Students mourn Fred Clark, longtime advocate for affordability


Fred Clark, a former Portuguese professor and the academic coordinator for the Carolina Covenant Scholars Program, died Friday after more than 47 years with the University.

Students and members of the faculty are heartbroken after Fred Clark, a former Portuguese professor and the academic coordinator for the Carolina Covenant Scholars Program, died Friday after more than 47 years with the University.

Clark retired from teaching in July, but he stayed on to fulfill his commitment to the Carolina Covenant program, which allows full-time undergraduate students from low-income families to receive grants, scholarships and a work-study job in order to graduate debt-free

Clark loved coming to work, said Michael Highland, assistant academic coordinator for Carolina Covenant.

“In his mind, the greatest thing that ever happened to Carolina was Carolina Covenant, and that’s how he lived his life, to honor the commitment that we made,” he said.

He said he was inspired by how much Clark cared for his students.

“Fred set the gold standard of care for students,” he said. “There was never a question too minor or a concern too minor for him to take part in helping a student with an issue.”

Don Hornstein, a law professor and chairman of the scholarships, awards and student aid committee, said Clark’s teaching went beyond the walls of the classroom.

“He was one of those professors that, at some point, certainly transcended the classroom,” he said.

“He had a huge influence on people’s lives. As a teacher, he was a huge fixture in students’ lives.”

A support system

For Hornstein, Clark embodied the spirit of UNC.

“He was as much a part of the reality of Carolina as the buildings, the grounds and everything else that makes UNC so great,” he said.

Rob Moore, an instructional designer in the School of Government, said he met Clark in 1999 and was amazed by the way he made himself available to UNC students.

“He gave out his cell phone number like it was his office number,” he said. “It was amazing how accessible he was.”

Moore said Clark was always ready to handle any situation, no matter how difficult.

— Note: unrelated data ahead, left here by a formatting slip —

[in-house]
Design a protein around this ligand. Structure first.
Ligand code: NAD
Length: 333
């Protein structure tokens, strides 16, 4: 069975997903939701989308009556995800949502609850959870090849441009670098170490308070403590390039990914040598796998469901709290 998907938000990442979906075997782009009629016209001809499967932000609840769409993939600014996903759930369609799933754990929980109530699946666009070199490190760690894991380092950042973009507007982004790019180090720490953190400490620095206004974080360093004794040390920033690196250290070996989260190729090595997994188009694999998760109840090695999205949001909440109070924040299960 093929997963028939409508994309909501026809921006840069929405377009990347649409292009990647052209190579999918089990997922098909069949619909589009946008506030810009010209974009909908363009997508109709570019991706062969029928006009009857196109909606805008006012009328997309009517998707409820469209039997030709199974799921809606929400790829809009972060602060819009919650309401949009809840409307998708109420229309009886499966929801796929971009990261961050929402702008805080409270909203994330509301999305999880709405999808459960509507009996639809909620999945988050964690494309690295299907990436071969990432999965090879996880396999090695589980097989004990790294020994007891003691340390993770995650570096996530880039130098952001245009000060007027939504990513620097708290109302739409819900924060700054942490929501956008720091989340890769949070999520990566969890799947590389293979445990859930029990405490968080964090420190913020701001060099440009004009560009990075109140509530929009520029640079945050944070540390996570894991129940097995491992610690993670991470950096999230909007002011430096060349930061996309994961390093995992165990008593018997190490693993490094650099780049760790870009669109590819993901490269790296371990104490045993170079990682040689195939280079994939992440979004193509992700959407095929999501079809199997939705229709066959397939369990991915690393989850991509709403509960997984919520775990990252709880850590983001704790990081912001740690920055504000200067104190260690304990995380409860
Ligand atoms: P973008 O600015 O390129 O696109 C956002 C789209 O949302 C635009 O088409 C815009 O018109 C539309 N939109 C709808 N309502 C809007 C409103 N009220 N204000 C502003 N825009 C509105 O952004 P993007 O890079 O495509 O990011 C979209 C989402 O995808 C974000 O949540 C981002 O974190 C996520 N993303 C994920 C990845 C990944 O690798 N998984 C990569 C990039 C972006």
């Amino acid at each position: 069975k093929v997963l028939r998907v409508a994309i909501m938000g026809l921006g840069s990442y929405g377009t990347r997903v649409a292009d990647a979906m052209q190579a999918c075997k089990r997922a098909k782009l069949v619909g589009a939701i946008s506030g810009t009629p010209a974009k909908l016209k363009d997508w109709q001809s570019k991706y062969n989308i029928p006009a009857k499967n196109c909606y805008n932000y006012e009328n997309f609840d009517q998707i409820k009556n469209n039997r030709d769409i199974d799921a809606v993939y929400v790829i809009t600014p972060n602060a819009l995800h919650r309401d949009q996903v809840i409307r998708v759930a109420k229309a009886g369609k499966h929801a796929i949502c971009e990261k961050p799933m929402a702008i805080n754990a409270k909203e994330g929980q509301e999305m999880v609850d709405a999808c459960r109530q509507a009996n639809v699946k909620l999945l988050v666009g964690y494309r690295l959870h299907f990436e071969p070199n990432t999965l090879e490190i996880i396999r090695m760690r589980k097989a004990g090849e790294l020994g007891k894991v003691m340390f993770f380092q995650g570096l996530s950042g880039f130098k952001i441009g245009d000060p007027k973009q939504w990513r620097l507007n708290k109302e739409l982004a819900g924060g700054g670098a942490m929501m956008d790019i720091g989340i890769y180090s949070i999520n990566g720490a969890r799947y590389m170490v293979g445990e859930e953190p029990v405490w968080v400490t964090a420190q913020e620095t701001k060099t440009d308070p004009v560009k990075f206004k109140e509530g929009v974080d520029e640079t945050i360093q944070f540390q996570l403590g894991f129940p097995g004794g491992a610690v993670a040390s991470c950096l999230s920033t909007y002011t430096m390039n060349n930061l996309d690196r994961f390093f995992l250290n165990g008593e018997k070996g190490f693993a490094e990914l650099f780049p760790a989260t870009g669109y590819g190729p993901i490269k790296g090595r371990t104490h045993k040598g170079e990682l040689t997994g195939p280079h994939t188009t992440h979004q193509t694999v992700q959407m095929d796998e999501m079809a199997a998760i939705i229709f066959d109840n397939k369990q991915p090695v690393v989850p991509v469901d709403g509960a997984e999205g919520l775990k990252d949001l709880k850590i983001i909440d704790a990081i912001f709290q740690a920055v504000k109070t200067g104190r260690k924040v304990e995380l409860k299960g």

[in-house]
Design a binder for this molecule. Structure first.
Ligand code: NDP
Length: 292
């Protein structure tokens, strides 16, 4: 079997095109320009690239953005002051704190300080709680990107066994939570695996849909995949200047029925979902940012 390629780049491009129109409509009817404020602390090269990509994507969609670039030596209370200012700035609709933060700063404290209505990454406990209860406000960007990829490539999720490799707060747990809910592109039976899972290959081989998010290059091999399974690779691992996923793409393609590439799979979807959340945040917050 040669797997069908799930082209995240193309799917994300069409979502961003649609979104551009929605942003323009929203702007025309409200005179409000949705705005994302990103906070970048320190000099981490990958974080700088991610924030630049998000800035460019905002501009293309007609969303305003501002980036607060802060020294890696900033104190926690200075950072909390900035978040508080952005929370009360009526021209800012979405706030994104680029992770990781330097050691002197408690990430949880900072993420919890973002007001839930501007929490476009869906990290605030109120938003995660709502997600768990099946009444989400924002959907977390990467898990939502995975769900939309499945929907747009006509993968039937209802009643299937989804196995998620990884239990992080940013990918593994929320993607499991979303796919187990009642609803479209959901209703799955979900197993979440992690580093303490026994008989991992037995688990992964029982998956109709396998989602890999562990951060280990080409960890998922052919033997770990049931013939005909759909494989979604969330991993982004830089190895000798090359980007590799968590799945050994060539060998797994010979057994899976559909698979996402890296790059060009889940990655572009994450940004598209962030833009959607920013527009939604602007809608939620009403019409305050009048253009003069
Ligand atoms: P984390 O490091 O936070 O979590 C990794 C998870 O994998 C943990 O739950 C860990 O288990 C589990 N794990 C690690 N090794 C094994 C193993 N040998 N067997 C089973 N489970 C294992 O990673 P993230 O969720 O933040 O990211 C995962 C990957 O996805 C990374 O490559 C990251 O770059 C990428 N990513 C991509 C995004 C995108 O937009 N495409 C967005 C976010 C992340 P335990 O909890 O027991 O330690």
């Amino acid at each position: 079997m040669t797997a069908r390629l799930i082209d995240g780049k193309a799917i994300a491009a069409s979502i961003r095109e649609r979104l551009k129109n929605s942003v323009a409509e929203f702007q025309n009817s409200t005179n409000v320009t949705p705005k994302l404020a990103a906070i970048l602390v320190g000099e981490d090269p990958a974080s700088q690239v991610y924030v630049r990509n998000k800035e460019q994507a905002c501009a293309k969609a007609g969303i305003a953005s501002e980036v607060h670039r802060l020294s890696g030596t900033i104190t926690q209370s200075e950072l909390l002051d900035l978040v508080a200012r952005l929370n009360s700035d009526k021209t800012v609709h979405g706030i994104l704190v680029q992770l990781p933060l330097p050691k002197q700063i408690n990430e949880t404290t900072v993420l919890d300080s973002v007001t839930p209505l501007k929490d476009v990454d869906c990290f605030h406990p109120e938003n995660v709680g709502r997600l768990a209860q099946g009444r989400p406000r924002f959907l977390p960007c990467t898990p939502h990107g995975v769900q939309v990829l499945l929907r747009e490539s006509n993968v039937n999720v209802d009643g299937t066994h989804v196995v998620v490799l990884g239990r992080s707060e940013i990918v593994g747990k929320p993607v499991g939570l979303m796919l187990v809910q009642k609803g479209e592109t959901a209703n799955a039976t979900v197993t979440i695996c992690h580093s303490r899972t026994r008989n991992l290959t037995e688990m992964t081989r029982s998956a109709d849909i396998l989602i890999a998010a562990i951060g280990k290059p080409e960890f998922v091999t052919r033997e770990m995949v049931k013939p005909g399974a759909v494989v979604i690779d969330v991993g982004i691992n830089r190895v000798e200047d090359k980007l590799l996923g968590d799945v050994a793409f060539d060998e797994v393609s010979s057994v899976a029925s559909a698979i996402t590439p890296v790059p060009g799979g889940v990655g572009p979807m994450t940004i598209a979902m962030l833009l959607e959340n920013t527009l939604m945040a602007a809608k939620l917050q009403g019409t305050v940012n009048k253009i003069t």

“I’ve had students who are dealing with some pretty difficult life stuff. Stuff I couldn’t support,” he said. “I would call (Clark), and he would say ‘send them over,’ and he would take care of it for them.”

Moore said he was particularly impressed with Clark’s constant reliability.

“I felt like if I needed something, I could call him, and he would do anything to help out,” he said. “He was a huge resource for students.”

A gentle reminder

Junior Christina Townsend, a current Covenant scholar, said she had the opportunity to speak with Clark last semester.

“He was so supportive when I told him my concerns about not being able to graduate on time and how I wasn’t doing so well at sophomore year,” she said.

“He reminded me that the point of the Covenant is that students, like myself, should remain debt free and be able to pursue academia without the added pressure of financial instability.”

Even though she only met with Clark once, Townsend said she felt the relationship could have been lasting.

“It was my first time sitting down with Fred, but I felt like I had gained a support system, and I knew if I ever needed help, Fred’s office was open,” she said.

Junior Michaela Meredith, who is also a Covenant scholar, said she wished she could have had the opportunity to thank Clark for his work and generosity.

“It’s very sad to hear about his death, seeing as how he has given me and thousands of other students the opportunity to get a world-class education that otherwise wouldn’t be possible because of financial reasons,” she said.

Clark’s love for the University extended to the entire campus, Highland said.

“He came to work for the love,” he said. “And that’s why he stayed for 47 years.”

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